Dankutu Dankutu: The Making Of The Traditional Drum

August 2012| 4,022 views



With skillful hands the geta beraya slowly takes shape

Music ran through his veins. This we were sure of as he played on the dolkiya (drum) that he and his fellow artisans had completed making. The exuding sound was a reflection of a pure bred and deeply grounded village craftsmanship and livelihood, in the little, almost hidden township within kuragala.

Words Sonali Kadurugamuwa  Photographs Menaka Aravinda and Rumesh Perera

Caught Up In The Drill

Being engaged was everyone’s business. The entire little village, in fact, had a participation in this drum making soirée. The day was hot but under the shade of their makeshift working stalls, the artisans were on a roll… Hardly did we see any type of modern science or technology aiding this quiet, busy lifestyle – it was just another manic Monday for these folk and a good old social network of experienced heads and hands, from an age-old ancestral tradition, was everything that was essential in getting the job done.

Kos (Jak) wood, cut into short stumps, and axed into vague drum or bera (drums) figures was the begin-with base. Many other types of wood are also used in drum making such as ehela, kohomba (neem), coconut and milla. However, as the artisans explain, they make use of the wood most abundant in and around their vicinity.

It was just another manic monday for these folk and a good old social network of experienced heads and hands, from an age-old ancestral tradition, was everything that was essential in getting the job done.

A leewaraya or a manual pulley, with a giant wheel at one end, made the rotations along a rope cable possible, which in turn served the carver at the other end with a great productive mechanism to chisel away the spinning stump into a thammattama shape. Not much talking went alongside work mind you, which is usually quite unfamiliar in a Sri Lankan working environment, as any local would assure you, in our society; we are always up for more than a little chit chat. Nonetheless, we presumed that this silent spell may have been a vital ingredient in the intricacy and precision crucial for people in this profession.

From One Hand To The Other, Go The Bera Barrels

Drum making duties begin with the cutters and the carvers, and then it’s over to the shavers and scrapers, who sand paper the outer layer of wood to smooth out any remaining splints… the scrapers then scoop out the insides of the shaped wood to form hollow cavities and leave the unfinished bera out to dry. Meanwhile up the village trail, the polishers apply a varnish to protect the dry wood and also to bring out its natural colour. Goat and cattle hide lay stretched, drying in the sun and once completely parched, they are meticulously cut into circles to form coverings for the hollows in the bera and then stripped as binders to hold the lids in place, while more dried skins are slit laterally as streamers that will run the length of taller drums. Thereafter, the grinder, with a mortar pestle grinds up a black porous rock, and pastes the granules to make up the small centre circle on the flat hide coverings or faces, on either side of the bera.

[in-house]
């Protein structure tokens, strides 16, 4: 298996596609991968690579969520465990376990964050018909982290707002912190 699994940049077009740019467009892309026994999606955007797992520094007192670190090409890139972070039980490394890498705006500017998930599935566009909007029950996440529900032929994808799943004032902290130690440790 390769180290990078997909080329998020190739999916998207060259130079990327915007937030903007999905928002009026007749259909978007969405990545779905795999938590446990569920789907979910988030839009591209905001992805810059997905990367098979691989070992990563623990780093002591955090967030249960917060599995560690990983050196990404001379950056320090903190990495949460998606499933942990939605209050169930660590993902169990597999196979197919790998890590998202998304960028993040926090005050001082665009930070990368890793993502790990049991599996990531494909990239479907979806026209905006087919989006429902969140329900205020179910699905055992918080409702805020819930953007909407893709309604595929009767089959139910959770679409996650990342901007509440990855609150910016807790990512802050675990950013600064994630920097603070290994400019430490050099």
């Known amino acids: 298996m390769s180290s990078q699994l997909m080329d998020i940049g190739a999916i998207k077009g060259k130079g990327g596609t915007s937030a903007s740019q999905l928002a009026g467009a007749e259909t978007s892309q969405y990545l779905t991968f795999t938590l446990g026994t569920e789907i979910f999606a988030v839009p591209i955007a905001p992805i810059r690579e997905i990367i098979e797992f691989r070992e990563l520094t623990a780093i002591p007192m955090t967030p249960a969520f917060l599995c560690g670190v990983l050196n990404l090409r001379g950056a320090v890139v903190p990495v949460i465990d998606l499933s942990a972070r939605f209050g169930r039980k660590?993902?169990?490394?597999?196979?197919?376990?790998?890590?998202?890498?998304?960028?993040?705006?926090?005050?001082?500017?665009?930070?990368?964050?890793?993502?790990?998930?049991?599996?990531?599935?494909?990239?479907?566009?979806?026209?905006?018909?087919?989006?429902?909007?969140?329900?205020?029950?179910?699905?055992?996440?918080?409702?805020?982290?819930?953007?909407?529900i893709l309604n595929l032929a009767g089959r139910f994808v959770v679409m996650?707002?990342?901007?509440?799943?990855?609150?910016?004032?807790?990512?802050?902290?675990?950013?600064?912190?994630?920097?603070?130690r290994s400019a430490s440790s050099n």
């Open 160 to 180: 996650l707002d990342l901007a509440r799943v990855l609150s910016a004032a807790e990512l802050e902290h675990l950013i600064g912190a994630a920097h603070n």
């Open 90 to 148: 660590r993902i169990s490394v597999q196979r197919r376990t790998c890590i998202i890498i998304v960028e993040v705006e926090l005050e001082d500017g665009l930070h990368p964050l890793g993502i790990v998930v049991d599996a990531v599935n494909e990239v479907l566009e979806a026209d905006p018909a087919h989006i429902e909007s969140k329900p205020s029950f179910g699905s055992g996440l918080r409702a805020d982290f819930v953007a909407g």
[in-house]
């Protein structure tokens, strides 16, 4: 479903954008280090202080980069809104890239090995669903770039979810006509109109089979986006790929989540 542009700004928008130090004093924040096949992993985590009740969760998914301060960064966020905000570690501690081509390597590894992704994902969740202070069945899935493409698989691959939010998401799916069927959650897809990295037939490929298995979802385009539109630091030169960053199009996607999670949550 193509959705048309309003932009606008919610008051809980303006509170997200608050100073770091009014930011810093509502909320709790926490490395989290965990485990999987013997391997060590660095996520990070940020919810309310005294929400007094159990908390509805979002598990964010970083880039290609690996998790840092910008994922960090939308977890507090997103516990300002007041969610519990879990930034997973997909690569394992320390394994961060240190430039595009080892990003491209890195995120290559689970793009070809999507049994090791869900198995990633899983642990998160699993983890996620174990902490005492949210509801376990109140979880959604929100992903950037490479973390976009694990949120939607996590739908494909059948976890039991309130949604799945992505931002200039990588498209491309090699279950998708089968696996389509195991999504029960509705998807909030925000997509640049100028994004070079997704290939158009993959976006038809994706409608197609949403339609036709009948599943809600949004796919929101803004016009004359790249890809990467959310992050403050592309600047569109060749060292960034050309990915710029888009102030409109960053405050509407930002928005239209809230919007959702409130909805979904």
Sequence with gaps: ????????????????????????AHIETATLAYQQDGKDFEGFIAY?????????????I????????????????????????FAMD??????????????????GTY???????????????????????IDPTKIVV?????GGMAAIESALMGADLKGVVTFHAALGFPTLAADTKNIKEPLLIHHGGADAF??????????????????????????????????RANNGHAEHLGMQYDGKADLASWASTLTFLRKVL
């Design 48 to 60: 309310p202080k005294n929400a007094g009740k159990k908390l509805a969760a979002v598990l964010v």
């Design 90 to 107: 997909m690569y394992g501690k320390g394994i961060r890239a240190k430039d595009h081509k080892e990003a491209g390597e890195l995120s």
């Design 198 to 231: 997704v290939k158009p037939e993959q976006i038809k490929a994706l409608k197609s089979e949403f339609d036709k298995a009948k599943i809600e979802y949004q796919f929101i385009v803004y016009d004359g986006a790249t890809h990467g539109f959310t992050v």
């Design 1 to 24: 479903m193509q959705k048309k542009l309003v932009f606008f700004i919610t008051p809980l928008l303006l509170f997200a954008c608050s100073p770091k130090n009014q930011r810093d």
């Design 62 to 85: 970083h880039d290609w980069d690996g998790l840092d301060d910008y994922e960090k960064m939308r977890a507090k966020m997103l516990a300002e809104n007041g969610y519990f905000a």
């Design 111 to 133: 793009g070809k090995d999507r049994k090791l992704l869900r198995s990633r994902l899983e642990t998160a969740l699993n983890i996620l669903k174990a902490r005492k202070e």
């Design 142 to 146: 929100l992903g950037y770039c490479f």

Did You Know?
Each side of the same drum coverings can be made with different animal hides to diversify the resonating sound or beat.
Some animal hides come from the monkey and even the monitor lizard.
The karakawana rabana also known as the spinning rabana are a variety of drum that Perahara entertainers spin on swords.
Ornamented clay pots or traditional water carrying jugs are used for drums, during the time of paddy harvesting in villages.

Going Deeper Into Tradition…

Even the generations before, the artisans’ great grandfathers were drum-makers and it was plain to see down to this day, where all the hardwork had penetrated into. The final skill was presented to us by craftsmen who consulted the finishing touches to the bera by drumming them to elucidate their power and diversity of sound. Each drum spoke a different beat and each beat was for a different cause, for weddings and festive celebrations alike, for ritualistic dances, some for holy ceremonies, performing instrumental music and of course, my personal favourites… as party starters. Even historical chronicles, like the Mahavamsa accounts the use of drums in numerous occasions dating as far back as 2,500 years. All in all they were and still are a custom of melodious communication embedded in cultural roots.

In vibrant yet neutral colours, the many drums dressed in the skilful efforts of their creators, await their long journey to upmarket shops, mainly in the commercial capital of Colombo, where their worth pays off. Uda Rata (up country) bera, Pahatha Rata (southern coastal regions) bera, Yak bera, Geta bera or Dandu bera, the drum line is simple… step to the beat! With nearly 40 varieties of bera, most of which were being made in this village and other similar communities, the beat truly does flow through the veins of the island paradise.